Once upon a time, the arrival of a new id Software game was like staring into the future. These guys invented the first-person shooter, instituted shareware, legitimised mature content, brought us the first real 3D worlds, and obliged the industry to embrace graphics acceleration against its conservative instincts, catapulting in-game visuals forward by a generation. Every game offered a revolutionary breakthrough that fundamentally altered your expectations forever.
These days, you just don't get individual games pushing things forward like that. Instead you get shared gradual progress across a number of releases, so we see experience systems evolving in RPGs before they break into other genres and eventually help Call of Duty to conquer the world online, and everyone stands on each other's shoulders and learns together. The difference with classic id Software games was that we didn't get to see all that working in-between - you'd just wake up one morning and someone had invented deathmatch.
Now that games have been disarmed of their ability to change the world overnight, then, Rage may be the first id Software title to be judged purely on the merits of game design and content, and in many respects it more than meets the challenge.
It's a first-person shooter set 106 years after a world-shattering meteor strike. You're an Ark survivor - a hardy chap pumped full of nanomachines who slept through the carnage in a subterranean hamster ball - but don't worry too much about the details. id Software's John Carmack once likened stories in games to stories in porn, and a lot of the time in Rage you feel like you're waiting for the TV repair man with the mullet to get down to business. There's a big conspiracy involving the oppressive Authority who rule over the wasteland, but there's nothing to latch onto in the writing.
That's not to say that Rage lacks heart though, because this is a game full of character, most of which can be found in its corridor combat against mutants, bandits and Authority goons. The weapons at your disposal are familiar but they're all wonderful, so the shotgun hits like a wrecking ball, the sniper rifle is a long-distance sledgehammer, and the first time you get a rocket launcher is an event.
Each weapon is then transformed by superb ammo types. Most games teach you to regard alternate ammo like wedding china - stupidly expensive and never to be used - but Rage wants you to experiment. You soon earn enough cash to stuff pop rockets into your shotgun to make a grenade launcher out of it, frazzle shields with electrified crossbow bolts, and smash through armour with killbursts - pistol ammo that fires six rounds at once. Everything has a purpose and nothing falls flat.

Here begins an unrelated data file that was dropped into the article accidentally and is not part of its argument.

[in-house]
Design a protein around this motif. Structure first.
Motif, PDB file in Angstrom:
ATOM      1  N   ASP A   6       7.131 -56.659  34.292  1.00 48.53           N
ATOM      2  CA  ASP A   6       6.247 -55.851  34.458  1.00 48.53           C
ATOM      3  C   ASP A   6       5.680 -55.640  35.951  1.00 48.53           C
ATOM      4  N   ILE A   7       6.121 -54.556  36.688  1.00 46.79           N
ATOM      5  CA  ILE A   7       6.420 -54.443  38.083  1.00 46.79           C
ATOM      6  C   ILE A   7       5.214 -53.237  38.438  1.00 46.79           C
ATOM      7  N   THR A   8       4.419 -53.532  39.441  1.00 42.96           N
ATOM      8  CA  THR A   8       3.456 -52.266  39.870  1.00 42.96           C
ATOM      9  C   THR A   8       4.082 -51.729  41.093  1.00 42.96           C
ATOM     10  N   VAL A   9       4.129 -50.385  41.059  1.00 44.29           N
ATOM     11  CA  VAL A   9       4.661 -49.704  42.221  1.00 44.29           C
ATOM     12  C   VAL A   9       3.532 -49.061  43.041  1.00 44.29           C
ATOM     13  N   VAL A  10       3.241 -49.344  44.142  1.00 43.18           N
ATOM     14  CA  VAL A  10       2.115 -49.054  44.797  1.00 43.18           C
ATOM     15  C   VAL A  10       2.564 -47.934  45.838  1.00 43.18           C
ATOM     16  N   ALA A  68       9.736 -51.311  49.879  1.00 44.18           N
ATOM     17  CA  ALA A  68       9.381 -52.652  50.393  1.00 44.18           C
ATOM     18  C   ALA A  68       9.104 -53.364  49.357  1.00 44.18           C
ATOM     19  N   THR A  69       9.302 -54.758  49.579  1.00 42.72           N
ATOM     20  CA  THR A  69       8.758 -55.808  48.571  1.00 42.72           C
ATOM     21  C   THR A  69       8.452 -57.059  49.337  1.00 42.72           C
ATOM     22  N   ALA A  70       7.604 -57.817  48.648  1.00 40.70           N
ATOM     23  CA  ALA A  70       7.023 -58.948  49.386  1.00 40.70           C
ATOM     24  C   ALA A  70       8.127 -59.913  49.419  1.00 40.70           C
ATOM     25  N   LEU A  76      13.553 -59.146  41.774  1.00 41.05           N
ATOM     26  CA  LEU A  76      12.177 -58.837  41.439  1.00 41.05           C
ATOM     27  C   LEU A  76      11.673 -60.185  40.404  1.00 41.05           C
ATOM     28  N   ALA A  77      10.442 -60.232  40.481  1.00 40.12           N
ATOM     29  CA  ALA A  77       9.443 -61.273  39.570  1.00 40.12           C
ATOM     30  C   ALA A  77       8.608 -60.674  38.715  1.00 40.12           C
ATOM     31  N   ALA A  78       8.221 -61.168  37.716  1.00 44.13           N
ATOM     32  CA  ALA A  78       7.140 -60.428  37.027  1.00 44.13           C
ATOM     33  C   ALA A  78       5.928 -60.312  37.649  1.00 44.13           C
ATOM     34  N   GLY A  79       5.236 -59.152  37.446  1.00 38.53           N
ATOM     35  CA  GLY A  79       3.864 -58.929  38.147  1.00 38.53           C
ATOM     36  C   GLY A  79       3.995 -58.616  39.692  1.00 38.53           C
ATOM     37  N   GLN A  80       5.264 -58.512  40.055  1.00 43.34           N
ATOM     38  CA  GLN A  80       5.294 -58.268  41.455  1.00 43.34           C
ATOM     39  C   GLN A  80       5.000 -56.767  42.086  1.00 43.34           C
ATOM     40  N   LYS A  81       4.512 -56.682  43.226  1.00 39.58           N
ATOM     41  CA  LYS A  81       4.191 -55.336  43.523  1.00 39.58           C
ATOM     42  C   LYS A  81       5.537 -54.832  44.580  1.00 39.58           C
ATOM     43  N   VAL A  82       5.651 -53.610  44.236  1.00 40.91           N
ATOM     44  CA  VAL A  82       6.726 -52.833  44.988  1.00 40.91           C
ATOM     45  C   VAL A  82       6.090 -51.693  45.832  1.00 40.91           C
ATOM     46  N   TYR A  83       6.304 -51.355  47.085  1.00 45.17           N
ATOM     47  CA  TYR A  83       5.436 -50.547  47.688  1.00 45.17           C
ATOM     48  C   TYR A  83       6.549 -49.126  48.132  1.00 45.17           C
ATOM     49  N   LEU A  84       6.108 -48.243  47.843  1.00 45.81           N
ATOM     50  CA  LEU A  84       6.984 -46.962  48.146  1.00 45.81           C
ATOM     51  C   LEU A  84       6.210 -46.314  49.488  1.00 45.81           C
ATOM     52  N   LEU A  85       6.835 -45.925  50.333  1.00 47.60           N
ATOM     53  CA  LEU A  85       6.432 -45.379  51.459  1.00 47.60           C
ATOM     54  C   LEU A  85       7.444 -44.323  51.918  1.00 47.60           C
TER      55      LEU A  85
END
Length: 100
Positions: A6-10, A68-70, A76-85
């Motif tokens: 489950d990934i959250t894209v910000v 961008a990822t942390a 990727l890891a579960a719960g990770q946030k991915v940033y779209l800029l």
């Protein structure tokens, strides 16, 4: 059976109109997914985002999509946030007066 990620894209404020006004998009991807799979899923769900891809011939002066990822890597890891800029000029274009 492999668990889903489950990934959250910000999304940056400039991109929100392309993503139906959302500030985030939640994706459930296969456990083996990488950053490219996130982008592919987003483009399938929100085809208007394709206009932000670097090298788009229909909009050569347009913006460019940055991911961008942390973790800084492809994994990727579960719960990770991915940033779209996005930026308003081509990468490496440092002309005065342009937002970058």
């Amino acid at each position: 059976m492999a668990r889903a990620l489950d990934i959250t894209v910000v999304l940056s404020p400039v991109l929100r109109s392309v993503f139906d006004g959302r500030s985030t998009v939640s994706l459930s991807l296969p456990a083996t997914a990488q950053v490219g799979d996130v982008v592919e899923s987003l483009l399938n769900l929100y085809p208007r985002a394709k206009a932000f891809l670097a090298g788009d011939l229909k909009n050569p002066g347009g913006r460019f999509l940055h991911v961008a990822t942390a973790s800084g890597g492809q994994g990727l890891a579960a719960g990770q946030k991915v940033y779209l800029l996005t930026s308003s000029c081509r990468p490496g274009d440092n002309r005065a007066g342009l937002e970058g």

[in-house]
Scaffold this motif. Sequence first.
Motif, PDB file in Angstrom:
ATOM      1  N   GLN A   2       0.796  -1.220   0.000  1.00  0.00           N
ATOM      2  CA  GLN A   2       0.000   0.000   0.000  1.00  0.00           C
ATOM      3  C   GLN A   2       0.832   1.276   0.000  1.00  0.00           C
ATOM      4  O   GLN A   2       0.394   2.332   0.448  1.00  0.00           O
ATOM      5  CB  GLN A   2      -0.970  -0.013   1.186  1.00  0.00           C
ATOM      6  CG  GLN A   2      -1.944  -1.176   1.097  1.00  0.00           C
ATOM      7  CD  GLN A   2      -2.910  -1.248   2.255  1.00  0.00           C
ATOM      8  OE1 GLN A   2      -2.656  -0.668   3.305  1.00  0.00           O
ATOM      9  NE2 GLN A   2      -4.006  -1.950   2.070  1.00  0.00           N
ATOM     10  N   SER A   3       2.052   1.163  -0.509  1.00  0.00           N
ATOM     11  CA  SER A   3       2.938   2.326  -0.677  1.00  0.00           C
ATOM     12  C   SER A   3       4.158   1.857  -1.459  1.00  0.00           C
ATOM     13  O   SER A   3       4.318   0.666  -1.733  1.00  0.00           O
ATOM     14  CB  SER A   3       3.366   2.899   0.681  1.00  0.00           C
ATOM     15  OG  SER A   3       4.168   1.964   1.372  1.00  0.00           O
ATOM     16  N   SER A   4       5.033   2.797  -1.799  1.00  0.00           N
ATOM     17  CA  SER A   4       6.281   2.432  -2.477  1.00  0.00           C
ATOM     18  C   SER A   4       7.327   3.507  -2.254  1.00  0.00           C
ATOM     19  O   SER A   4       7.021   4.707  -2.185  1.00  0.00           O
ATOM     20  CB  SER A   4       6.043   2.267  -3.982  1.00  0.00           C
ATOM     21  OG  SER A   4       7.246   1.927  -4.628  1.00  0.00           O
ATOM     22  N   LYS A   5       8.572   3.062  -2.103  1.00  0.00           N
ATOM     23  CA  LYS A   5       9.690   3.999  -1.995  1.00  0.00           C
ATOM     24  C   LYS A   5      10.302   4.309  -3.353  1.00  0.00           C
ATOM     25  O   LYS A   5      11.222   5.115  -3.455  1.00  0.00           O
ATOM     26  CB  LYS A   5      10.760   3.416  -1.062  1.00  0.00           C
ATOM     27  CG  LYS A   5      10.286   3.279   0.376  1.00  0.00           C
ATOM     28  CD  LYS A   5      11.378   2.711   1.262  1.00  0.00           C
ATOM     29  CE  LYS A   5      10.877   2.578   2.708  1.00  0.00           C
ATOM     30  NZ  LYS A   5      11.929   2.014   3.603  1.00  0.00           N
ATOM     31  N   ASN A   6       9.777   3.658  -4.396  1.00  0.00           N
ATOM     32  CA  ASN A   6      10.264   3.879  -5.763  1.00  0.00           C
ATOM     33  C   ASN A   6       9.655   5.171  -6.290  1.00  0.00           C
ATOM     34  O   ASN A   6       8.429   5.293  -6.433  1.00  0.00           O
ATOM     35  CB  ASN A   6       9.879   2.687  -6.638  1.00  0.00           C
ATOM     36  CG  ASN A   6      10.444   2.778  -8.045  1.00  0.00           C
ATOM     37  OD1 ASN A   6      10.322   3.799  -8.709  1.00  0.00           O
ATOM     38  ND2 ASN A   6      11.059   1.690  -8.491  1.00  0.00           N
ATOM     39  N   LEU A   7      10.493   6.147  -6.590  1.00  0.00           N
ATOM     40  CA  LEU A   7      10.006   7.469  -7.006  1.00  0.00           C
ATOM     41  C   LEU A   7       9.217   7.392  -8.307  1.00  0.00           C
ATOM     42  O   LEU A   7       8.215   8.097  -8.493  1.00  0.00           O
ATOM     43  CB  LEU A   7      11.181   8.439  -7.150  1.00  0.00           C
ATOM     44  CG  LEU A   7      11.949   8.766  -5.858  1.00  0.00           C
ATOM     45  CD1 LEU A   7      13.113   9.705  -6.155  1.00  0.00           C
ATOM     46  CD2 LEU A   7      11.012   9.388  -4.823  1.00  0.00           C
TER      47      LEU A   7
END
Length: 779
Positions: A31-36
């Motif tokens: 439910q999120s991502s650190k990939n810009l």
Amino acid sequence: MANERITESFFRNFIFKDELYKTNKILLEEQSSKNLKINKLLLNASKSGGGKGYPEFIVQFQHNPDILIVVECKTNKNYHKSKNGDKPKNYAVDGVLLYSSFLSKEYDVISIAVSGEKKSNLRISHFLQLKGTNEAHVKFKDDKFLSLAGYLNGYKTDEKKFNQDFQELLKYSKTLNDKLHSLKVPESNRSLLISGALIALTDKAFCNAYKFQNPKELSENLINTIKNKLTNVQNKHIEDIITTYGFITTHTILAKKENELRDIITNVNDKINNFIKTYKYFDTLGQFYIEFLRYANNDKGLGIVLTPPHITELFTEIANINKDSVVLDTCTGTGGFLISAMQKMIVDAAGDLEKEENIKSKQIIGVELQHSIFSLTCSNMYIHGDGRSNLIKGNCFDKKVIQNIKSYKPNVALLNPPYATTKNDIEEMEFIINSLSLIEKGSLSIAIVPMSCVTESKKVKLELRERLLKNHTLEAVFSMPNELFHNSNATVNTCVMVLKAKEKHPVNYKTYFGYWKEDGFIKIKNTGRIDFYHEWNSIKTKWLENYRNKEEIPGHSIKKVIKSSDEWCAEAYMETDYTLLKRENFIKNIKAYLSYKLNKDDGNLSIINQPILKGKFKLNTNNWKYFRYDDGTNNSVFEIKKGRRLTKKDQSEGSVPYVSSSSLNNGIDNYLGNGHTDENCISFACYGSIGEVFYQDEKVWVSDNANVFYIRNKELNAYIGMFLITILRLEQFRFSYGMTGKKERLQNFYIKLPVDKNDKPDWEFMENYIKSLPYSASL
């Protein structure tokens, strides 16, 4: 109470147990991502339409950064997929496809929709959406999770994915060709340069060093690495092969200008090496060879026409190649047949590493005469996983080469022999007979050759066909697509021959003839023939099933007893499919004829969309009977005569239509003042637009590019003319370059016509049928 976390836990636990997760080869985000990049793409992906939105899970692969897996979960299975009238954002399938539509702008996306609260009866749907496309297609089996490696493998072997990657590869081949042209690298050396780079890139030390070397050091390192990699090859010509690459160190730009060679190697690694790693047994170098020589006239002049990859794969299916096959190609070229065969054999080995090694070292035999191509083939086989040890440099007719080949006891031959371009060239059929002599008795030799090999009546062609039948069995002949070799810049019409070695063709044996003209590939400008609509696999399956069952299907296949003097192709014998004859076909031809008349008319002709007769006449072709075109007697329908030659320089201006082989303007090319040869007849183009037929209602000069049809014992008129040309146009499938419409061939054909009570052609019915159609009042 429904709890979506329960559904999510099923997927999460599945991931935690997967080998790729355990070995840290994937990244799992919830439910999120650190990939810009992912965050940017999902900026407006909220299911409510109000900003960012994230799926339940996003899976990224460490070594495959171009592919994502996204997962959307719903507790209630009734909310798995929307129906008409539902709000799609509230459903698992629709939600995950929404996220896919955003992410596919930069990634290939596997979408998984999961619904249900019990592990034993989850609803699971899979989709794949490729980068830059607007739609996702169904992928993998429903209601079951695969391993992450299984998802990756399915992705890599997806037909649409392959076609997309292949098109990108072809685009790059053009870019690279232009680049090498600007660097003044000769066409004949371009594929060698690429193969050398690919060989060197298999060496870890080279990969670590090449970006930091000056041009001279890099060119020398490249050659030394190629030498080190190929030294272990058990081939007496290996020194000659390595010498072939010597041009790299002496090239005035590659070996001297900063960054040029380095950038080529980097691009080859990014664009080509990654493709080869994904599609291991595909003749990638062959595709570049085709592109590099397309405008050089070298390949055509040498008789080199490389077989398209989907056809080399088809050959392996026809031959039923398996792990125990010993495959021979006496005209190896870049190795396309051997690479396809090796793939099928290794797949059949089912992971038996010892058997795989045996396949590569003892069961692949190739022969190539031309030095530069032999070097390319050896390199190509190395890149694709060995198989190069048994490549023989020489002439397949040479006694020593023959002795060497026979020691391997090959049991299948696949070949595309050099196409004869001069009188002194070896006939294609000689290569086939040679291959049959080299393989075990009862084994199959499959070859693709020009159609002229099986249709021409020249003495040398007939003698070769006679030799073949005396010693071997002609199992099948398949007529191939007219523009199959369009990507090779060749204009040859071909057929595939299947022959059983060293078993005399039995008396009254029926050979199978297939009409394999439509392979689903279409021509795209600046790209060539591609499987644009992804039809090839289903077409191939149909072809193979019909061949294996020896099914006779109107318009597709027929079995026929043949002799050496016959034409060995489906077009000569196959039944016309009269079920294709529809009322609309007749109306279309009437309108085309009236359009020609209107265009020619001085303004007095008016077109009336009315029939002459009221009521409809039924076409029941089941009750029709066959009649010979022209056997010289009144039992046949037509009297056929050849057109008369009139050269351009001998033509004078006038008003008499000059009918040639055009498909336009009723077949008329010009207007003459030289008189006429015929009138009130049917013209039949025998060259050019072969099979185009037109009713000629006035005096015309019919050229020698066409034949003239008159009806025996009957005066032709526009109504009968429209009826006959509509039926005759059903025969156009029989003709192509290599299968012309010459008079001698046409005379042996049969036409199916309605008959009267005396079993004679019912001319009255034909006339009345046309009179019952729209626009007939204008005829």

Not content with that, your bottomless inventory is soon home to a MacGuyver's bounty of homemade off-hand weaponry, engineered from recipes using shiny objects looted from every nook and cranny of the wasteland. The standout is undoubtedly the wing stick - a three-bladed boomerang that decapitates your enemies and often returns to your hand afterward - but there's also much to be said for the spider bot, the sentry turret and the RC bomb car, among others.
Enemy AI is functional - its function is to shoot you a bit and present a target without doing anything too clever - and it suits Rage because this is a game where your weapon and inventory radials are always overflowing with things you actually want to use, and it's more fun thinking about how to kill next than whether you're being flanked. One minute you're headshotting enemies from miles away with your sniper scope, the next you're blowing their legs out with buckshot, and later on you might switch to pop rockets and wing sticks and cruise around gorily vaporising and decapitating people for a bit of refreshment.
These encounters usually take place in slick, linear environments that ferry you through carefully arranged arenas before cunningly depositing you back at the start once you've reached your objective, but outside their confines you're free to explore the wasteland in a range of buggies and cars you earn in the hub towns. Rage's isn't quite an open world - it's more like a series of linear FPS levels and fetch-quest locations scattered around dusty highways - but it's a convincing and likeable place.
Nor is it quite as impactful as the wizardry of those first 3D steps into Quake, but id's programmers can still dust off their robes and pointy hats to take a bow for Rage's megatexture technology, because it allows their colleagues to paint miles of landscape with unkempt vegetation, sandy escarpments, smashed masonry, rusting cars, arcane symbols and broken bodies without ever repeating themselves.